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I've been casting around looking for best-practices and whatnot for creating custom, reusable view components. So far, it seems like a custom UIView subclass is the way to go.

In this case, all I need is a fixed-size view with easy access to a label, and a convenience initializer would be great. I could tag the label and use a constant, but it seems unnecessary given this (boilerplate like UIKit importing removed) (with ARC):

// .h file
@interface MyView : UIView
@property (nonatomic, weak) IBOutlet UILabel *label;
+ (id)withText:(NSString *)text;

// .m file
@implementation MyView
+ (id)withText:(NSString *)text {
    MyView *view = [[[NSBundle mainBundle] loadNibNamed:NSStringFromClass([self class])
                                                options:nil] objectAtIndex:0];
    view.label.text = text;
    return view;

(edit: changed to class method. my concerns are still unchanged, though it's a bit less dubious overall)

My MyView.xib file's only top-level element (a UIView) has a custom class set to MyView, and the outlet is hooked up to the FileOwner.

And... this works. Perfectly. It renders correctly everywhere I'm using it, no exceptions, no clipping, no funny business at all that I can see.

So far. I'm more than a little concerned that:

  1. I haven't seen this technique anywhere yet. Of course, I've only been looking for a relatively short time (a couple hours, passively).
  2. I'm not doing any of the recommended overriding of initWithFrame: / Coder: etc.
  3. I'm only using this in an extremely-limited realm right now, so it is nowhere near well tested for situations like the view going out of view, the drawing performance is unknown, I haven't checked thoroughly for memory leaks, etc.
  4. I'm almost certain I'm missing something. Most likely I'll find it shortly while using it more, but I may not find all of them.

Does someone with more UIView experience than I have mind lending their brain for a bit? Is this a good idea? A horrifying "omg wtf are you thinking" idea? Are there surprises waiting for me? Is there something I should read for how to create simple custom views like this?

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The three uses of "self" in the first line are, in fact, terrifying, especially since you change self, and don't release the old one. Not to mention that anything in the nib using "file's owner" is in for a surprise. It might make more sense as a class method. – Kurt Revis Jun 6 '12 at 7:18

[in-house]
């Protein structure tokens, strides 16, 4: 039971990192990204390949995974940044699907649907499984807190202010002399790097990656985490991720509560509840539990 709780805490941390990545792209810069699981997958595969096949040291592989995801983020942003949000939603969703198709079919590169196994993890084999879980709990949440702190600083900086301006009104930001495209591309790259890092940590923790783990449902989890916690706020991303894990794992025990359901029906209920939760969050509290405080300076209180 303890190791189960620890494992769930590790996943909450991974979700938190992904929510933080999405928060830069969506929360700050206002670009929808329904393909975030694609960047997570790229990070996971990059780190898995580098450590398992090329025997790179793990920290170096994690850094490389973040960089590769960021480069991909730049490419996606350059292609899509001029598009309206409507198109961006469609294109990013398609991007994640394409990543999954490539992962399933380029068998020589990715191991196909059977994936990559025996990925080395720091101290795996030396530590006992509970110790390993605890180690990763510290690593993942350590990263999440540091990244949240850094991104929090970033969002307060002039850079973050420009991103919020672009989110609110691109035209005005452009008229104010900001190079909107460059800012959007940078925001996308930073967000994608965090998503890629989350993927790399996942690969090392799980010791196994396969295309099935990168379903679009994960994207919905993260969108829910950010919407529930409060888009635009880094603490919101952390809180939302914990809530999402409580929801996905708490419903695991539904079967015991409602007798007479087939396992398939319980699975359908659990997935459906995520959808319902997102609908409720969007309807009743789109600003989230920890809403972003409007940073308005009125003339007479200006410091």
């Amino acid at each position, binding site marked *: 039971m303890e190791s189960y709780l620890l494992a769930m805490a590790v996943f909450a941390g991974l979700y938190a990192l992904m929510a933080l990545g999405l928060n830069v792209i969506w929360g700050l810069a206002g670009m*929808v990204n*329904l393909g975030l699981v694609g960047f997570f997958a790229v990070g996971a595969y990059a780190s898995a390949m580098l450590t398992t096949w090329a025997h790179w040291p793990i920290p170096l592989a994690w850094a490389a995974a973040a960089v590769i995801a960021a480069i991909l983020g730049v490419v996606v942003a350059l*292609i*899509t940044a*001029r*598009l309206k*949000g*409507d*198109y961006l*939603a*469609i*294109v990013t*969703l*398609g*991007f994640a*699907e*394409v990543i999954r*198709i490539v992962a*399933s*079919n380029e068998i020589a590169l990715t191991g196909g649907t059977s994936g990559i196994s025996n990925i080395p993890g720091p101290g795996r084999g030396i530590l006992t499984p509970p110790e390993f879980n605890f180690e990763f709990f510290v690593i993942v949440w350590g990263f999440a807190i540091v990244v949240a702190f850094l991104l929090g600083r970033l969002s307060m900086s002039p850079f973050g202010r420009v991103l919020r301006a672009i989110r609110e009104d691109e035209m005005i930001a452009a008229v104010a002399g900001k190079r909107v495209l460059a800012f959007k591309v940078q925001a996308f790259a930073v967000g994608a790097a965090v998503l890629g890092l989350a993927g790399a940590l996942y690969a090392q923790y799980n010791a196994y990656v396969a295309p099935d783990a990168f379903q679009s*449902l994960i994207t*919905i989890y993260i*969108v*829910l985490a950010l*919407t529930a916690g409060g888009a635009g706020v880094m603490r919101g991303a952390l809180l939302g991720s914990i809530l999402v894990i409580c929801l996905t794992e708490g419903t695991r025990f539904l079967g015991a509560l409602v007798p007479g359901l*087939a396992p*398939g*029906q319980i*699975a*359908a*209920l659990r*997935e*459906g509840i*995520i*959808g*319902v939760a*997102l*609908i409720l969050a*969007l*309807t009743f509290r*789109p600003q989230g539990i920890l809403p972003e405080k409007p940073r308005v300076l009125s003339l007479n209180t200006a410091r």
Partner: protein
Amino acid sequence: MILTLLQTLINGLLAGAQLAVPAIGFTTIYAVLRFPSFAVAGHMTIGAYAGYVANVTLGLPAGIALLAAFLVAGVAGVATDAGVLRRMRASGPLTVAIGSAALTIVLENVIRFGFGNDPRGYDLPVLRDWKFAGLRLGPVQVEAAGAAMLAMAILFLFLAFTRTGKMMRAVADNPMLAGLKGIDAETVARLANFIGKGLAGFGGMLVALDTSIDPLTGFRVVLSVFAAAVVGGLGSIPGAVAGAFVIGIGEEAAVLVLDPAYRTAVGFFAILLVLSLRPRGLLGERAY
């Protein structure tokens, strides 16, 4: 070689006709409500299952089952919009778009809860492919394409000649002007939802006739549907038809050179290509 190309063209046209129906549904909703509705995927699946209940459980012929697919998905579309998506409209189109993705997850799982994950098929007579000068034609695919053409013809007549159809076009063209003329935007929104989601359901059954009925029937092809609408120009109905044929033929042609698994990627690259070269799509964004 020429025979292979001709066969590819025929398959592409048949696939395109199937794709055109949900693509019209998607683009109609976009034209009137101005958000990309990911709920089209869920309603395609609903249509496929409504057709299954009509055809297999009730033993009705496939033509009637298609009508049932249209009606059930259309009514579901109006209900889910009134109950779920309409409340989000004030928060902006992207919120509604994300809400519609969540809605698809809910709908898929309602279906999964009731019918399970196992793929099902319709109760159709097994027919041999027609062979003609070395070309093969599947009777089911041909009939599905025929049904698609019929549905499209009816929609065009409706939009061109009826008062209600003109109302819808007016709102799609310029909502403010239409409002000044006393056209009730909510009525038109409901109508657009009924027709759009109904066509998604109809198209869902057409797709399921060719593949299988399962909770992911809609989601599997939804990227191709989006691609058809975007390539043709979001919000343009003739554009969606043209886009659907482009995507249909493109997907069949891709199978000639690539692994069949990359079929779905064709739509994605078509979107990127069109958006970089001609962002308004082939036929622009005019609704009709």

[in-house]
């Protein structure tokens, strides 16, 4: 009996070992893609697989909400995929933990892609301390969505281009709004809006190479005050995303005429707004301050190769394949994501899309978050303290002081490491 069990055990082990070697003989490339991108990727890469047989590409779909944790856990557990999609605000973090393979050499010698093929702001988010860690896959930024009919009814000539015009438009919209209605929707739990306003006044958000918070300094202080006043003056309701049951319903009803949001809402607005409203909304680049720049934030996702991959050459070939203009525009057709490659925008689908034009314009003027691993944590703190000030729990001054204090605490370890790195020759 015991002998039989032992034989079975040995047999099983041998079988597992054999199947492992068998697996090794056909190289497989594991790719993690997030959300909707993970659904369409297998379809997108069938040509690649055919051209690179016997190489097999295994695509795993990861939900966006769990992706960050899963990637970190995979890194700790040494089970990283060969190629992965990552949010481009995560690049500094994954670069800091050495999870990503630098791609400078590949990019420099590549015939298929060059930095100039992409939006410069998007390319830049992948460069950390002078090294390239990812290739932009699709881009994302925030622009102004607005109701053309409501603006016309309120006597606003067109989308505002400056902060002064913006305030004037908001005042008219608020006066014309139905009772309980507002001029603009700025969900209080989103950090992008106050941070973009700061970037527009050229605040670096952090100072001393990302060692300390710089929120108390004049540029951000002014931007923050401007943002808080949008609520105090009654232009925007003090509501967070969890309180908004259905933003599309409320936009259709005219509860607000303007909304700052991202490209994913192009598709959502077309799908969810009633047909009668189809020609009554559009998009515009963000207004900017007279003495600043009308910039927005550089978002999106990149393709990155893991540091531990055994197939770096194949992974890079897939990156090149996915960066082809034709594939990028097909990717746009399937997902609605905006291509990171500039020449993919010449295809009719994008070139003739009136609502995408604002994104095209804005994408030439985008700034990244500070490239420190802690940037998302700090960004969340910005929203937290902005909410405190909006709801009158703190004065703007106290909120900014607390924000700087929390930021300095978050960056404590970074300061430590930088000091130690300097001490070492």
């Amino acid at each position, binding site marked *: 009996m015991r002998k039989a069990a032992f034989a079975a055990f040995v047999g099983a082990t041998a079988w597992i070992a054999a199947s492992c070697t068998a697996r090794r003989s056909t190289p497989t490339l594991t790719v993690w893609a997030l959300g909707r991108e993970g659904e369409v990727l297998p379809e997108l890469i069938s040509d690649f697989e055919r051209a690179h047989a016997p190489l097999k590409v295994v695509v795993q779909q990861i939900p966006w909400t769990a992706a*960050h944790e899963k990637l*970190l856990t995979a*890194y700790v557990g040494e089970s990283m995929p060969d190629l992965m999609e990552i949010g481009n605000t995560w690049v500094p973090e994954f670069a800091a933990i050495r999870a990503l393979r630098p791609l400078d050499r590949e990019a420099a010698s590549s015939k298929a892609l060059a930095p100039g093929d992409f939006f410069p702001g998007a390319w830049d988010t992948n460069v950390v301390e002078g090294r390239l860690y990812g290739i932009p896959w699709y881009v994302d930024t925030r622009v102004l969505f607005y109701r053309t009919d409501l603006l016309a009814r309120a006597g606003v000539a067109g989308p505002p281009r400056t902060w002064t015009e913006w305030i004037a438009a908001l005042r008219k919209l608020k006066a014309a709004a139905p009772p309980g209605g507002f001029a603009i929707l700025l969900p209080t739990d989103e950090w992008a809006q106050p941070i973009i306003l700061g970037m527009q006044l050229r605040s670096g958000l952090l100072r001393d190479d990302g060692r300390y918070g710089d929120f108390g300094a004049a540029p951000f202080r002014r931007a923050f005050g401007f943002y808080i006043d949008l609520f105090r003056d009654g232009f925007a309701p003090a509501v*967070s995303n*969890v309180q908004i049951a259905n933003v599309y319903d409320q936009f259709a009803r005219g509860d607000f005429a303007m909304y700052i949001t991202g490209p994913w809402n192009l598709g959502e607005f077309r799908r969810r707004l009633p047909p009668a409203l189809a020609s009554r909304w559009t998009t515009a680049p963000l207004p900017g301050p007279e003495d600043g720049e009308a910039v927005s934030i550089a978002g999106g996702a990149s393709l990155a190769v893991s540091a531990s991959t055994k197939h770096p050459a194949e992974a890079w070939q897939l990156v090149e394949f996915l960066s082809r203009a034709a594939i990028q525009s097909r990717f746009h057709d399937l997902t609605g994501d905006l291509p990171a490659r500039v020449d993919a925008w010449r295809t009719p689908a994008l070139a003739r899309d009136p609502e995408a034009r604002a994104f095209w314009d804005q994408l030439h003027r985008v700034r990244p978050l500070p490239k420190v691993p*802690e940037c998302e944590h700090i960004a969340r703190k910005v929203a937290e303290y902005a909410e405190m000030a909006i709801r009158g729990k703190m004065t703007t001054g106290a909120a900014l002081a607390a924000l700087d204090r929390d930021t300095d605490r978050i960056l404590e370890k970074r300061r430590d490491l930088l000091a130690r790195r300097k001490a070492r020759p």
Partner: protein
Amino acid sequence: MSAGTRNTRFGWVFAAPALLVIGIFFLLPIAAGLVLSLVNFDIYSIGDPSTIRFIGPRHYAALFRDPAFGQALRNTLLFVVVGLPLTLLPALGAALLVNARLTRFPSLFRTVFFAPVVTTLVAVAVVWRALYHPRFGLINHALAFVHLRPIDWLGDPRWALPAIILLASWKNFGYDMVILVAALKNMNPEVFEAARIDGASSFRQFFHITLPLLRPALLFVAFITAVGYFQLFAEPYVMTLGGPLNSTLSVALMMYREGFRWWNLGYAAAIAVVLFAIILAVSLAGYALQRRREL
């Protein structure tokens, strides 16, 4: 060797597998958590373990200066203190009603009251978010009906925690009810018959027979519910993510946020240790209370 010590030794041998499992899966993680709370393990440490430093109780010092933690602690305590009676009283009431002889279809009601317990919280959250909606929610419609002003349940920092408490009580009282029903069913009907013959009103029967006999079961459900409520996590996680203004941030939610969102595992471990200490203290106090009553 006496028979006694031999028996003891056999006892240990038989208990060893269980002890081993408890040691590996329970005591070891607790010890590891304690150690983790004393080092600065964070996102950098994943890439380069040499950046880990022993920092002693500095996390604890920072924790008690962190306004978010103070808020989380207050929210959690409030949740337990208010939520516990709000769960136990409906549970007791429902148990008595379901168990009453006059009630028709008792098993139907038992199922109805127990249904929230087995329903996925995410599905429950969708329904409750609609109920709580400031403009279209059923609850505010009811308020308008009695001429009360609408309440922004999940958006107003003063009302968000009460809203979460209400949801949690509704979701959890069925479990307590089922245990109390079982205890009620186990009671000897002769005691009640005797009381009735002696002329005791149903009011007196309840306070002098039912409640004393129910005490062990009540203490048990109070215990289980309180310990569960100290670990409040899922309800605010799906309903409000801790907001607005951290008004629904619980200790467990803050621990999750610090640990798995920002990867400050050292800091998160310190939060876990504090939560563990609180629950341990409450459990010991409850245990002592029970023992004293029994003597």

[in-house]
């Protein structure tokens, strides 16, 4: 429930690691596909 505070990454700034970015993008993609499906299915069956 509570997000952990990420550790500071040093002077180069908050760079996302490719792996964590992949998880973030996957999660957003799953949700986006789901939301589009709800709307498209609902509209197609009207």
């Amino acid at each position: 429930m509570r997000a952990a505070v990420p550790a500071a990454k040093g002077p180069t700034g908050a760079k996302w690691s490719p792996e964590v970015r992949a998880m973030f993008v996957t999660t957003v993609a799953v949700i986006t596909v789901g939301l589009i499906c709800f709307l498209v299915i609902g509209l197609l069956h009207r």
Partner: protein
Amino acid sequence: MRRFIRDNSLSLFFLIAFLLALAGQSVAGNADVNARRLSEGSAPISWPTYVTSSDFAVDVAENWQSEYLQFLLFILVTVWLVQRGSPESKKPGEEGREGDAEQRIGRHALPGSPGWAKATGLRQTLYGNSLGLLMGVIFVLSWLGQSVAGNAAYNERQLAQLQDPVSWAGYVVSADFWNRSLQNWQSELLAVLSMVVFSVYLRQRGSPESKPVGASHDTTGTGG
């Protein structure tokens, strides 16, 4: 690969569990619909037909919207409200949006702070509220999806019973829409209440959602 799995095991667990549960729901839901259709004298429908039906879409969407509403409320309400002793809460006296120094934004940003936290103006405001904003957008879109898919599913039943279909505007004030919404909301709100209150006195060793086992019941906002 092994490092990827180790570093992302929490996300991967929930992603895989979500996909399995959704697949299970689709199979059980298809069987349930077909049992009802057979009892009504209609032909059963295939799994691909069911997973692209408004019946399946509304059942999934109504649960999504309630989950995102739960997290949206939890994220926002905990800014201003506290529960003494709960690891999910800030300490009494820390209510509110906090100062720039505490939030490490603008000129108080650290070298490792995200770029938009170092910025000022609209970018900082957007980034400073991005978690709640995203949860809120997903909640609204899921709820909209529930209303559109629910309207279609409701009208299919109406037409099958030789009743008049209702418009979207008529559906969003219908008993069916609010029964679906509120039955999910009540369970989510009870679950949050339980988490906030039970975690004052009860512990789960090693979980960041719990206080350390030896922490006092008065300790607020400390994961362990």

Hah, that's a good point - especially the owner: case. I think I'll change that right now, actually. – Groxx Jun 6 '12 at 7:22
Changed - thanks :) It has been a long day, I'm likely not thinking completely straight. – Groxx Jun 6 '12 at 7:38
That makes a lot more sense. I don't see anything particularly dubious -- [self class] could be changed to just self, and the name +withText: isn't very idiomatic, but that's all. – Kurt Revis Jun 6 '12 at 7:45
withText is just short-hand for a longer name I'm actually using. And thanks again on [self class] - unnecessary in a class method, I guess. I'll leave the question up, in case someone else has other things I should headdesk over :) – Groxx Jun 6 '12 at 8:02

2 Answers 2

You should read the Apple docs on initializers, and there’s also Mike Ash’s posts about them. Initializers are not hard, but there are some subtle issues that could bite you, as you could find out with your current code, as already mentioned in the comments.

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I haven't seen these, thanks - I'll do so :) – Groxx Jun 6 '12 at 20:03

In general, this technique should be fine. Since you're calling a class method as a "convenience initializer," self refers to the class object and will not change, so it's fine to refer to it there. This is not anything like swizzling self in an initializer, which is trickier, but which can be done correctly.

In the case above, only the initWithCoder: initializer will be called, as you're loading the view from a Nib.

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